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The Polish Supreme Court accepted a cassation appeal submitted by the Human Rights Commissioner in the case of two men fined for, among others, taking part in a gathering in Tarnowskie Góry (southern Poland). Both men were acquitted. Their case concerns the events of October 2020 and the protests following the Constitutional Tribunal's verdict tightening abortion laws.
"The decision is setting a legal precedent with regards to the ban on assembly. Following appeals by the Commissioner for Human Rights, for several months now, the Supreme Court has been repealing sentences for not wearing face masks or violating the ban on free movement"- reads a note on the Human Rights Commissioner’s website.
"The Act on Prevention and Control of Infections and Infectious Diseases could not have been used as the legal basis for the ban on public gatherings to which the government referred in issuing subsequent regulations. The problem is that this law provides no basis for such restrictions on freedom. In the case of assemblies, it only allows for the prohibition of 'spectacles and other public gatherings’. Thus, it does not apply to the freedom of spontaneous assemblies protected by the Constitution" – the Commissioner states.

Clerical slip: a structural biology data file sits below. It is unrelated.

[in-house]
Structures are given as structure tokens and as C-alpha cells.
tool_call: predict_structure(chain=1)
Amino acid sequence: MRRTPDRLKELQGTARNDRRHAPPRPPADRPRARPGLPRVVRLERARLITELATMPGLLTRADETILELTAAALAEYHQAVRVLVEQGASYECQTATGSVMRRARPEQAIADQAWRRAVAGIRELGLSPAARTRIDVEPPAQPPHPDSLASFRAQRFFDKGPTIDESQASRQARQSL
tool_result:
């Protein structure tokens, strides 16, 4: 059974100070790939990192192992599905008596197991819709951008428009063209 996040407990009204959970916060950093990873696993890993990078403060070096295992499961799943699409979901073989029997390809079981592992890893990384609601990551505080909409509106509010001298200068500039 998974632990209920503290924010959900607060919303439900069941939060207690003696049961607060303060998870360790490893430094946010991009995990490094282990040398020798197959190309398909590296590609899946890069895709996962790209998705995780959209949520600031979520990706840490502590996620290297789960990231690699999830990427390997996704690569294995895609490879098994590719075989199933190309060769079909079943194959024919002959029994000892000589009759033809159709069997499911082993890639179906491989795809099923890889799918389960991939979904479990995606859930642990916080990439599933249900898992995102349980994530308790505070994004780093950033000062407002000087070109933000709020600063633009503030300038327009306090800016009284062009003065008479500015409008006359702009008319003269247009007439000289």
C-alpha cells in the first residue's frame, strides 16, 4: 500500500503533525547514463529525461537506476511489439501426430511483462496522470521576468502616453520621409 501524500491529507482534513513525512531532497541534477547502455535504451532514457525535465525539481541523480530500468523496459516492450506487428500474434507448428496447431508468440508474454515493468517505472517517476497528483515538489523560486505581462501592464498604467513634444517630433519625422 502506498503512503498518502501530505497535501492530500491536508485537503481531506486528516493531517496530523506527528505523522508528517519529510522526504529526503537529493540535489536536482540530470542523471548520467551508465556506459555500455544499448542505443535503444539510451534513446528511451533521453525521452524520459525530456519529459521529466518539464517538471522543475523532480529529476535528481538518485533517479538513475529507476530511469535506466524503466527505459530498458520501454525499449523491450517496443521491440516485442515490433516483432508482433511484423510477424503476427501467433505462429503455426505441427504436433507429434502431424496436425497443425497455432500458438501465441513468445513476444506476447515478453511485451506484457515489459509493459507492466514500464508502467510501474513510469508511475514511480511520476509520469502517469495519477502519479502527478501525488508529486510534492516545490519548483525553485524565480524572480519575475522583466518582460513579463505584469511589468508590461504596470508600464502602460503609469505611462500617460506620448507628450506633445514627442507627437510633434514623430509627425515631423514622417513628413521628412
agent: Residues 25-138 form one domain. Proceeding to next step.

Fined for using words „commonly regarded as indecent"
The two acquitted men participated in a demonstration in front of an MP’s office on October 24, 2020. The court fined PLN 500 each for participating in the assembly, explaining its decision with the fact that the men were not wearing face masks and shouted allegedly vulgar slogans. There was no haring and the court issued a writ of payment.
According to the Commissioner, "in the cassation appeal, the office of the Commissioner for Human Rights reiterated that the law allows imposing the obligation to wear masks only on sick people and people suspected of being infected, and not on everyone (this provision was changed after several interventions by the Commissioner in late 2020. - since then, the order was already legal). As for what the men were supposedly shouting, the Commissioner notes that issuing a writ of payment, in this case, was unlawful, because such a proceeding is only admissible in cases that do not raise any doubts. The only evidence in this case is a police report. This is not enough".
He further adds that "the description of the acts attributed to the defendants does not specify what words 'commonly regarded as indecent' they supposedly used. Given the context of the case, the court should consider whether the words they used, if they were indeed shouted, did not constitute an act of criticism of the authorities, which is permissible under the constitutionally-guaranteed principle of freedom of speech".
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